Call for Papers
Stranger Worlds: H. G. Wells, Transgression and the Gothic
Saturday, 13 November 2021
There you touch the inmost mystery of these dreamers, these men of vision and the imagination. We see our world fair and common … By our daylight standard he walked out of security into darkness, danger and death. But did he see like that?
H.G. Wells, The Door in the Wall
This year marks the seventy-fifth anniversary of Wells’s death. In a career that spanned fifty years and over a hundred books, Wells invited his readers to step across the threshold of human consciousness and to venture into realms beyond space, time and morality. His scientific romances expose the fragility of the human body and the thinness of humanity’s separation from the animal (The Time Machine, The Island of Doctor Moreau). A reviewer of The Time Machine felt that Wells’s imagination was ‘as gruesome as that of Poe’ and his short stories often dramatize gothic transgressions between the living and the dead. Later works such as The Croquet Player and The Camford Visitation see consciousness slipping its moorings and inhabiting or possessing other bodies.
Once considered an annexe or niche in literary studies, the Gothic is now firmly established as a key mode of understanding research in, and the enormous global popularity of, genres such as horror, science fiction and fantasy. We invite applications for papers that consider the importance of the Gothic in the work of H. G. Wells. Papers need not be exclusively confined to Wells, but may also consider Wells’s gothic afterlife, reception and influence.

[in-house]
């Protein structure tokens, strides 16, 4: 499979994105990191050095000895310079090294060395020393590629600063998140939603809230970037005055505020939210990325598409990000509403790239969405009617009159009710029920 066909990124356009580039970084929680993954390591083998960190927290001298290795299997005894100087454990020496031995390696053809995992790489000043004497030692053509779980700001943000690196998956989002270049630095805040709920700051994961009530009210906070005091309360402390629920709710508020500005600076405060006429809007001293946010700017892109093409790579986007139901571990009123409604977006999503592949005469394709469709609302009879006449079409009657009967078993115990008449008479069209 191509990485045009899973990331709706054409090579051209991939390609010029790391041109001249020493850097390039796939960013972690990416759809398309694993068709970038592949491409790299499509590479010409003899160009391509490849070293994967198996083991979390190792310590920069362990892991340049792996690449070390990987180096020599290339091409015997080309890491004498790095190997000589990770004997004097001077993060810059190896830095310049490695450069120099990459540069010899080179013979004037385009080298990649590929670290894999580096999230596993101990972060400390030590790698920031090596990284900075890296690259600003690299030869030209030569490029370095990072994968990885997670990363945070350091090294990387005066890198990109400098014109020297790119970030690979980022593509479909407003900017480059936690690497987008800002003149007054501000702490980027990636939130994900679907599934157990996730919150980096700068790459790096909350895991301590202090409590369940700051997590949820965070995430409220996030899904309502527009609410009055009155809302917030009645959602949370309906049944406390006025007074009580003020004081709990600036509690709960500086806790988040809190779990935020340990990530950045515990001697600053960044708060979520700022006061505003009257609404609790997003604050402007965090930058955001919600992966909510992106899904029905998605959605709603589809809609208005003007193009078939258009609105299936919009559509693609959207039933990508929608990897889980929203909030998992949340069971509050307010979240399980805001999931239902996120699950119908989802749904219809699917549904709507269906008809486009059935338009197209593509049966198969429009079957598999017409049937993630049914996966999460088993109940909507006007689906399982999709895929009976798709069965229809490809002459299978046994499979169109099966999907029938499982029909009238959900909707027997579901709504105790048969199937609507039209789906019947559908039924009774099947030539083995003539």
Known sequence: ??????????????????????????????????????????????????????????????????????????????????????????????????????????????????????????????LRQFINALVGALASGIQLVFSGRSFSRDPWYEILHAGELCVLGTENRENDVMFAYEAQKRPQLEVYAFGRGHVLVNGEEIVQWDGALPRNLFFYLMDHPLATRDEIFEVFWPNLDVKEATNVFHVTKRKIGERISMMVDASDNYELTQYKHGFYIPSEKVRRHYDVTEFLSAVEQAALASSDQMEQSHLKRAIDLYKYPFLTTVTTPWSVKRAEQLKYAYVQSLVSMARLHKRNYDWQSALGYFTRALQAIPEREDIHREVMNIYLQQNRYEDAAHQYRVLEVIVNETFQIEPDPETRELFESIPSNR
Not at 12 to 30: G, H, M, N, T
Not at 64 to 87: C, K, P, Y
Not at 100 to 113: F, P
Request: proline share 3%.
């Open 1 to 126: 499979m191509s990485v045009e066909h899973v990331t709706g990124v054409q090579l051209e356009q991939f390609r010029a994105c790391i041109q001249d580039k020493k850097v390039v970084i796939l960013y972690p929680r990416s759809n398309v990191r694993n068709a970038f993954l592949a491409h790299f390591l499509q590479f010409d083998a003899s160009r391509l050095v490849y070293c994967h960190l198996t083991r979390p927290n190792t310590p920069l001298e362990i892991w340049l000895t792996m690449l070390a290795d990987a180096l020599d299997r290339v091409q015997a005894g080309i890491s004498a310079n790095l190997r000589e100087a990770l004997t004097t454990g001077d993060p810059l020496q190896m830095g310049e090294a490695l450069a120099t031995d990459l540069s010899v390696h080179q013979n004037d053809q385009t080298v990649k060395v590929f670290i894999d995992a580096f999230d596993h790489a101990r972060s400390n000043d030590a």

Presentations will take the form of 20-minute papers, given via Zoom.
Topics may include, but are not limited to:
- Wells and Gothic genres and his relationship to his Gothic predecessors including Edgar Allan Poe, Nathaniel Hawthorne and Mary Shelley
- Wells’s use of horror and terror in for instance, The War of the Worlds
- Gothic bodies; the Gothic across species
- Gothic geographies
- Returns from the dead; buried secrets; Gothic histories
- Ghosts, monsters, apparitions and vampires
- Transgressive behaviour and crime in Wells’s work
- Wellsian afterlives in science fiction, the graphic novel, cinema, TV, and computer games
Please send a 250-word abstract to Dr Emelyne Godfrey firstname.lastname@example.org by 1 October 2021.
Non-members: £10 Applicants will be notified by 31 August 2021. We encourage attendees to become members of the H.G. Wells Society and look forward to seeing you there.